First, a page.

Notes on Antique Textiles, Folk Art & Timeless Traditions – Jaina Mishra
Until my ship sailed to Sihanoukville I did not even know that such a town existed. Cambodia is usually all about Angkor Wat and being the blind tourist that I am, I had never thought about the places that lie beyond.
Sihanoukville is one of the main cities in Cambodia. As a country Cambodia is in the early stages of industrial development and so the atmosphere is one where the people are still bonded to each other and not their material possessions.
Usually, in any city, one of the places that I visit is the market as it reveals the life of the local people. The interactions, the things they buy and sell, the mix of the buyers ad sellers, all offer some insight into their days.
I had heard my children say once, of one of the cities that they had visited in Canada that everyone is so nice – they all greet each other and smile even strangers they meet on the road. And they lamented that this culture was absent elsewhere. Their observation stayed on my mind and I often thought about the factors that lead society to either be overtly pleasant / to give up its pleasantries.
In Sihanoukville, I did not hear any ‘Good Morning’ or ‘Thank you’ or ‘Excuse me’. These were the words taught to us as signs of courteousness / good manners and conversely it also meant that failing to say these implied bad manners.
Then in market, as I observed people going about their daily lives, I saw that in the most crowded places, they’d make place for one more. They’d step aside for a man carrying a burden. Children of strangers were attended to in times of need. No words of formal pleasantry were exchanged. Yet everyone acted in a way to help each other.
Here I realised that people can express politeness and courtesy by acting gracefully in complete silence in every single act of their lives instead of through spoken words.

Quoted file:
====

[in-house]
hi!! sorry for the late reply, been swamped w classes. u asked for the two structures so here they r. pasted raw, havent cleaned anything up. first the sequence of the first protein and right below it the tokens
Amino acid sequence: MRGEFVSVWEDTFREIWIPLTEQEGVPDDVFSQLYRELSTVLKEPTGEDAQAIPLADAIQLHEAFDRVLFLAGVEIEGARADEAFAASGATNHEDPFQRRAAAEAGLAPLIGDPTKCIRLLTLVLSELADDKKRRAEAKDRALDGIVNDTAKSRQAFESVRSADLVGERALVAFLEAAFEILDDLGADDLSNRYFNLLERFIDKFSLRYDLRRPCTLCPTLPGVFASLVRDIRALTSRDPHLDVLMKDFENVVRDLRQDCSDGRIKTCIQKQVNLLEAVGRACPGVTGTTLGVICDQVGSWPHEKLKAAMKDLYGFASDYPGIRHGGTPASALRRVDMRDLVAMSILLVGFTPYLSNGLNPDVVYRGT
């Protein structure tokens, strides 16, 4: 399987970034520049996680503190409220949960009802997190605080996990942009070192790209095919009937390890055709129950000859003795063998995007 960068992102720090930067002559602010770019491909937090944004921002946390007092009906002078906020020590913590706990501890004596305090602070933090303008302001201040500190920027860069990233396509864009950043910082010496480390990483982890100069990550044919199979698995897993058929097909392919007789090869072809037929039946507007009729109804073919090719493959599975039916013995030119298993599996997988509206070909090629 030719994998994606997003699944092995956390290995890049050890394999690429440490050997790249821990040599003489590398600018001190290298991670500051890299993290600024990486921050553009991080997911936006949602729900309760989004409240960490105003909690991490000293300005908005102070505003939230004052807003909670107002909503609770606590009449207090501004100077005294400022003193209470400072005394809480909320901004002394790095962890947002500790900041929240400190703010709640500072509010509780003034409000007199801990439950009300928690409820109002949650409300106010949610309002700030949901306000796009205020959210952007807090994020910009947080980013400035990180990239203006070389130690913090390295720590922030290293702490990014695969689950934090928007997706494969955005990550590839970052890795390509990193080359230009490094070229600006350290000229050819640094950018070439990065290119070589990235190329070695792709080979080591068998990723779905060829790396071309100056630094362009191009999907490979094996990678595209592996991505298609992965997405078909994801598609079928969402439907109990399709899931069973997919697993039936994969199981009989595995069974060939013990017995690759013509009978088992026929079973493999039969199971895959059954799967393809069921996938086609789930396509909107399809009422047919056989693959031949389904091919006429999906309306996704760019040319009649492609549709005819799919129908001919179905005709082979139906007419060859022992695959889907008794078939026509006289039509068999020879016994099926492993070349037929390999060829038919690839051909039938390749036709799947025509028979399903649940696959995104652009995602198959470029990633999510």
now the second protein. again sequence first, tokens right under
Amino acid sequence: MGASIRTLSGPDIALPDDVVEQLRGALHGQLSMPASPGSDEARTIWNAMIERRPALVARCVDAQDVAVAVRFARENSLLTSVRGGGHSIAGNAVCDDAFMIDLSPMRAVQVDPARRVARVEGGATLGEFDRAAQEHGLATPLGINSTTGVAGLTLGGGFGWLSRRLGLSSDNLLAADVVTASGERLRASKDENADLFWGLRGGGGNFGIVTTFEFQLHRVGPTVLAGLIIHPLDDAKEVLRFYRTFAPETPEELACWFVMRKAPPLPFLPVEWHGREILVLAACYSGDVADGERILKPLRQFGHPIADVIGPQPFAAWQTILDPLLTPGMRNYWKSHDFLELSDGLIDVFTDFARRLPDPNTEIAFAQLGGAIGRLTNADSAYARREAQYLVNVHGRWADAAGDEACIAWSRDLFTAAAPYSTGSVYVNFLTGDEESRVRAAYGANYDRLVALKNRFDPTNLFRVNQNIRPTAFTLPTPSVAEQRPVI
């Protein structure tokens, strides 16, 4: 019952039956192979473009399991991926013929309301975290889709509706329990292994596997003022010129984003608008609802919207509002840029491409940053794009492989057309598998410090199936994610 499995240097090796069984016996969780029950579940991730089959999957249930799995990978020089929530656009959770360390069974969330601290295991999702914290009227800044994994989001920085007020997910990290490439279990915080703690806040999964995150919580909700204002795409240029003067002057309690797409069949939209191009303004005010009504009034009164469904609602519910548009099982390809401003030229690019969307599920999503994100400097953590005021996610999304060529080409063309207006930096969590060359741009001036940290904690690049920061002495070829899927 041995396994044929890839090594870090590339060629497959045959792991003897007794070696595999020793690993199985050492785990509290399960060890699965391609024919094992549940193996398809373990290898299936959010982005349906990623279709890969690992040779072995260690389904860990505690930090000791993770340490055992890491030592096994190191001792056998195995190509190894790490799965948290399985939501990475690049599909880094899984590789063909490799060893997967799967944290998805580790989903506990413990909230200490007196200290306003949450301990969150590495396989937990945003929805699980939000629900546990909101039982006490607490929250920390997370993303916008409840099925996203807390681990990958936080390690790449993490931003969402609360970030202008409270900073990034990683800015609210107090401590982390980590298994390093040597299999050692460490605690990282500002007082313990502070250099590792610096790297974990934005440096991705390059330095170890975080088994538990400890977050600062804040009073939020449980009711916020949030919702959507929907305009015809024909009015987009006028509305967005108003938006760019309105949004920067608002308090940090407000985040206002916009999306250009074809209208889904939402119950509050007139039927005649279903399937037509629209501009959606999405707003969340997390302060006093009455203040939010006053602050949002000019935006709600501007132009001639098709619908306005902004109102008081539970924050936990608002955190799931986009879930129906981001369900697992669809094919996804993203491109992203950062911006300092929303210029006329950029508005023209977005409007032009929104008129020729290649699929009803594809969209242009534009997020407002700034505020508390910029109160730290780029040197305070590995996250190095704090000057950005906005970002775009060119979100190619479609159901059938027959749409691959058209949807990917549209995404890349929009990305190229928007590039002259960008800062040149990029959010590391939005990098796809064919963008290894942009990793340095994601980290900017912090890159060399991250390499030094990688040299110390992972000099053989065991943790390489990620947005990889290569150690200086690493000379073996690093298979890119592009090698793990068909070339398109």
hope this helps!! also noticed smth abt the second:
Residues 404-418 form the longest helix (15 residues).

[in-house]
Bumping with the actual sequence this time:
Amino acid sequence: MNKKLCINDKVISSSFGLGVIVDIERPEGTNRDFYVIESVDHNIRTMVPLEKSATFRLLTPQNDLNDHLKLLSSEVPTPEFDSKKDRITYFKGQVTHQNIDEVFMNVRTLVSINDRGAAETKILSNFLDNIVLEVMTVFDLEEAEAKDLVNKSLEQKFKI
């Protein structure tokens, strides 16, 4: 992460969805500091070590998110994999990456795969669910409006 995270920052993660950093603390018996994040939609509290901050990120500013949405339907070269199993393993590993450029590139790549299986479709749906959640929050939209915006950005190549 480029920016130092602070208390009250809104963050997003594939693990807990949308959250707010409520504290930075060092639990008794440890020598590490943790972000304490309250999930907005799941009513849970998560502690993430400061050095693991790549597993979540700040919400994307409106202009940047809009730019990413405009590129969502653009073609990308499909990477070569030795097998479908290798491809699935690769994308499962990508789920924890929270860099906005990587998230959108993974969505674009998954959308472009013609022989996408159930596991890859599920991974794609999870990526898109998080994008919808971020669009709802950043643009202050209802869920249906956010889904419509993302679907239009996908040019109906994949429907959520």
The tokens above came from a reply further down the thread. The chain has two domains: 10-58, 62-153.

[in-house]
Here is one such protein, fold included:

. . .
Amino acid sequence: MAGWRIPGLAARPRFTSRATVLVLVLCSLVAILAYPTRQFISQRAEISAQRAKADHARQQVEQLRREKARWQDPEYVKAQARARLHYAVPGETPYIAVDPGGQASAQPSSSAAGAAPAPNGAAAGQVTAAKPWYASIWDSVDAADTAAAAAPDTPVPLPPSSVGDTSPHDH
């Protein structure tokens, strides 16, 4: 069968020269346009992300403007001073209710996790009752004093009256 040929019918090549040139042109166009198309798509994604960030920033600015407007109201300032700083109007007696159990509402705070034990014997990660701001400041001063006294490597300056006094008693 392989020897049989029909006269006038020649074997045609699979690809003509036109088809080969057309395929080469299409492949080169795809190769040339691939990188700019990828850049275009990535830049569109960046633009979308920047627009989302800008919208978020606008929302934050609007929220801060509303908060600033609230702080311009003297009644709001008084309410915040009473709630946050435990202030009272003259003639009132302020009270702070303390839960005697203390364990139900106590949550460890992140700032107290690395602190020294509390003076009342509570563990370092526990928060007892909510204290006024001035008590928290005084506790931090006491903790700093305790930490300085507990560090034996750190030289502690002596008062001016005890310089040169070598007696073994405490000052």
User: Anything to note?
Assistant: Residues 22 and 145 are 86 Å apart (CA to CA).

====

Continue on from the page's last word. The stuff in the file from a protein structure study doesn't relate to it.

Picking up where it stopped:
Here are some pictures of the streets of Sihanoukville. In these photos, one might find the simple charm of another world, or one may find things that are ‘I couldn’t do that’ – it depends on the mindset.
The means of carrying goods & people are unique in Cambodial! The motorcyle-taxi – with the passenger-carriage being drawn by the motorbike is so innovative!
The petrol points must have been further out in the city creating a little business opportunity for this man.
Selling everything under the sun – from Gold & clothes to flowers & food. Many of the foods / fruits I have never seen before even though I live in the same region.
Where one can get oneself weighed for a little money.
Sale of things that one offers to ancestors: Incense, paper money, toy houses etc.
The diet, based on the supply in this market appears to be mainly seafood – fresh as well as dried.
A hammock for the shopkeeper in case he gets tired of selling.
Repackaged oil – put in affordable little ‘3-day’ packs.
The preferred mode of carrying weight seemed to be the shoulder beam from which the baskets filled with goods hung. So much physics in daily life!
Hot snacks for shoppers
A little Bakery
And finally the most endearing photos of Sihanoukville:
A toy seller with her infant – that shows that in the end we all are the same.
The Charm of Small Town – Sihanoukville, Cambodia